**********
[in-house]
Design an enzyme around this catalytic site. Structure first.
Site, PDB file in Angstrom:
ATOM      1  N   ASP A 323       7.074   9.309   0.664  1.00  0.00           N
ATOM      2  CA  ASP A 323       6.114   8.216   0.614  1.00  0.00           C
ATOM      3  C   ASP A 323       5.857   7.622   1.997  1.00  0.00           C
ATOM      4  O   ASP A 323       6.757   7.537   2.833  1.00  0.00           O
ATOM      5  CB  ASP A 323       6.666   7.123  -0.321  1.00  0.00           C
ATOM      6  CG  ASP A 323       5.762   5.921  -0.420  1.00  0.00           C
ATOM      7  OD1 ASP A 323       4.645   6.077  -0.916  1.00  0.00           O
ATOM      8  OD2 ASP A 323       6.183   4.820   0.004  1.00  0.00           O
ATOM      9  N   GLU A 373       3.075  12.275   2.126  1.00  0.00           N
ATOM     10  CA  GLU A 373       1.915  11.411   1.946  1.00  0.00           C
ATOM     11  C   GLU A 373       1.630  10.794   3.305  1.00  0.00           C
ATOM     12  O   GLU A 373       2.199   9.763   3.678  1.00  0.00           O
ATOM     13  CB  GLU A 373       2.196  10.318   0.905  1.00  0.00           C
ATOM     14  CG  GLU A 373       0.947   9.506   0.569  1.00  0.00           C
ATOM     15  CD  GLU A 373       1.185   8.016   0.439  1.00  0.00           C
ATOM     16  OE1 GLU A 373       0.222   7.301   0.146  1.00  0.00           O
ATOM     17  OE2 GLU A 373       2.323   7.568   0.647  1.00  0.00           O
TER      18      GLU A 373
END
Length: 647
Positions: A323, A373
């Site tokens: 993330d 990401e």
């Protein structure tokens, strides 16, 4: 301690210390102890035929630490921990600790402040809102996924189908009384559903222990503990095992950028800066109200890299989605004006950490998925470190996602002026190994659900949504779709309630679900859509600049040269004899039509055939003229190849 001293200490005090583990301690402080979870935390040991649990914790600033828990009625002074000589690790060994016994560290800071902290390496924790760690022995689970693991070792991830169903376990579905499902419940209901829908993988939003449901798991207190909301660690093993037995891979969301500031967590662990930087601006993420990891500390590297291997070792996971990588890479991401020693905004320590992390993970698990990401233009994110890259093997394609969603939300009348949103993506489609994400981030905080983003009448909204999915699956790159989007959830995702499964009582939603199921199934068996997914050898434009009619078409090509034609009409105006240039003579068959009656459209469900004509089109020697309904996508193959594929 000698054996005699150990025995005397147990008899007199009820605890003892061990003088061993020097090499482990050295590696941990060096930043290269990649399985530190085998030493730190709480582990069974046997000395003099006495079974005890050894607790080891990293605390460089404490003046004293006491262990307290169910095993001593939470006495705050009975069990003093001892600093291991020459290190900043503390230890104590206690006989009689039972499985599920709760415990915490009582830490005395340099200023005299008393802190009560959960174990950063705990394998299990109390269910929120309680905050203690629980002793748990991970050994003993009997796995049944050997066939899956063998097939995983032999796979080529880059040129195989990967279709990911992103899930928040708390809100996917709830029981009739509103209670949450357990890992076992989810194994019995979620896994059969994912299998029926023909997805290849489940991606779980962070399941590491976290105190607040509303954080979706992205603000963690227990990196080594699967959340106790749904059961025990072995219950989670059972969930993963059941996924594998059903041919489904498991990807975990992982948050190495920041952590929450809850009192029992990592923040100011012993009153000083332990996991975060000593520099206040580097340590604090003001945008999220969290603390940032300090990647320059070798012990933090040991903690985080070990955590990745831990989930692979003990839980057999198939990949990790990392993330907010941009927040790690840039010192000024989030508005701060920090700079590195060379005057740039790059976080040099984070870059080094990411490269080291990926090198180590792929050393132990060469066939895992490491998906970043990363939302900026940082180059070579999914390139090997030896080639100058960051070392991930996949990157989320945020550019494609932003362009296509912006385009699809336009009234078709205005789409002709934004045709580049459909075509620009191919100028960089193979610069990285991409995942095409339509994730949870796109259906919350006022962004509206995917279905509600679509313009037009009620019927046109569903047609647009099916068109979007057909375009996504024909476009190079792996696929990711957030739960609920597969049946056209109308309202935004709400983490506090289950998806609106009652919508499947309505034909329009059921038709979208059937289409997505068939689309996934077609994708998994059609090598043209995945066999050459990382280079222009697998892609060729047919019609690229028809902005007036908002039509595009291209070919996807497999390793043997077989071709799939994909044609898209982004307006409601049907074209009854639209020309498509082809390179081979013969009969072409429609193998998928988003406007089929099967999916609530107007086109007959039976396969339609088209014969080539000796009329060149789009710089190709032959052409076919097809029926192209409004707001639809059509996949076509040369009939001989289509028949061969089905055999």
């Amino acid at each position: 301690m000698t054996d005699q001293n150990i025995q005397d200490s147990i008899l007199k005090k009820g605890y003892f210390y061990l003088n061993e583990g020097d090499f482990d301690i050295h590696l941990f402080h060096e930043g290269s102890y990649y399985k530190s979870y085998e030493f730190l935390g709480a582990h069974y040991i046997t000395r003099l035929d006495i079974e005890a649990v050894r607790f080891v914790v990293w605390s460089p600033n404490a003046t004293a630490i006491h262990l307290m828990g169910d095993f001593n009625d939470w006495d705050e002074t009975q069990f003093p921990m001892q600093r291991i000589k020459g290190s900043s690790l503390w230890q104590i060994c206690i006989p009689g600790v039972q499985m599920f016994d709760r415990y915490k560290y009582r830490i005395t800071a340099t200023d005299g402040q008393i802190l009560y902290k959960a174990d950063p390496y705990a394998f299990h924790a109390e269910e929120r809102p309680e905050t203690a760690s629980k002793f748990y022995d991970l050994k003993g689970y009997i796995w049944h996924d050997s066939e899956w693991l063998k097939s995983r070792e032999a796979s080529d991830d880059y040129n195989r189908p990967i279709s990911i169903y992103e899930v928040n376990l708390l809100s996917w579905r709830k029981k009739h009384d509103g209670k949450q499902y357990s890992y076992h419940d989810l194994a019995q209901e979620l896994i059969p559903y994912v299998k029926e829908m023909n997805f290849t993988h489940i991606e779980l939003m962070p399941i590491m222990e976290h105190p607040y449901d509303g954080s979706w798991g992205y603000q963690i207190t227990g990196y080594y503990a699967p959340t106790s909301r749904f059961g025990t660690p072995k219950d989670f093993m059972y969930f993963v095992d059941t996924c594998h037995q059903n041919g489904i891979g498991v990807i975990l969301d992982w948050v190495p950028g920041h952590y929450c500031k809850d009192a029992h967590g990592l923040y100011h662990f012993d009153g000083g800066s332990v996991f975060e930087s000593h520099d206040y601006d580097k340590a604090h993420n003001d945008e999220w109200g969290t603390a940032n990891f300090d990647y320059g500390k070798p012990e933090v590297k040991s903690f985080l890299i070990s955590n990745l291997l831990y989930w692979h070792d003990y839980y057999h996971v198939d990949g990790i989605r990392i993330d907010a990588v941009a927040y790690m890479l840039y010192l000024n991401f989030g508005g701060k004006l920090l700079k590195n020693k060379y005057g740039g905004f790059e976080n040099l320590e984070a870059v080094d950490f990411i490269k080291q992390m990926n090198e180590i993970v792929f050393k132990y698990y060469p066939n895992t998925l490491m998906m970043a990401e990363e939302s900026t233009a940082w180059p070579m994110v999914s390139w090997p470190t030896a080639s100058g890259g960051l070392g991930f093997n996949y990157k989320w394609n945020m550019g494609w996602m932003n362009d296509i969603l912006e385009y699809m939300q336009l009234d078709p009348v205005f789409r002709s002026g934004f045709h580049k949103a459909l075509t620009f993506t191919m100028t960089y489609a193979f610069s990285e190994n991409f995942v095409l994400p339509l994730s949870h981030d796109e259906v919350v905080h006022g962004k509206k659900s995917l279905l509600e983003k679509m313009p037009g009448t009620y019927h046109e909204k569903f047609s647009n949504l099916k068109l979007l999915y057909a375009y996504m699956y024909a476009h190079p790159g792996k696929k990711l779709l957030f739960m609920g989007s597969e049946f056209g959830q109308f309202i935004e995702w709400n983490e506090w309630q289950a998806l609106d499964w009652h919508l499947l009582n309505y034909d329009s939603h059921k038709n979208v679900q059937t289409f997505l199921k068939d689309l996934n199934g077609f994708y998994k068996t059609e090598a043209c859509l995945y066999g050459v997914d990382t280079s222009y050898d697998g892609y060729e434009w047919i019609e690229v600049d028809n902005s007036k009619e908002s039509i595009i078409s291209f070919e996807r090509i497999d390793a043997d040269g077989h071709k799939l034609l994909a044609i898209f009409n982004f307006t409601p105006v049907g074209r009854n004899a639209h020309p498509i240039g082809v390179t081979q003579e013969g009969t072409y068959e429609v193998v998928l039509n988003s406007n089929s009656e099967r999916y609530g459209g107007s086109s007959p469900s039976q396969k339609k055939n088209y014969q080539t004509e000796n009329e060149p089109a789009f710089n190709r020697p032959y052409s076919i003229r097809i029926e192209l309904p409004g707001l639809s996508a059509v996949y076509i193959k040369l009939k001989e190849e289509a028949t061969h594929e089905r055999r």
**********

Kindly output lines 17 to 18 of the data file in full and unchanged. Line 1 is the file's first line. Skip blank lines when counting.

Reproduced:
ATOM     14  CG  GLU A 373       0.947   9.506   0.569  1.00  0.00           C
ATOM     15  CD  GLU A 373       1.185   8.016   0.439  1.00  0.00           C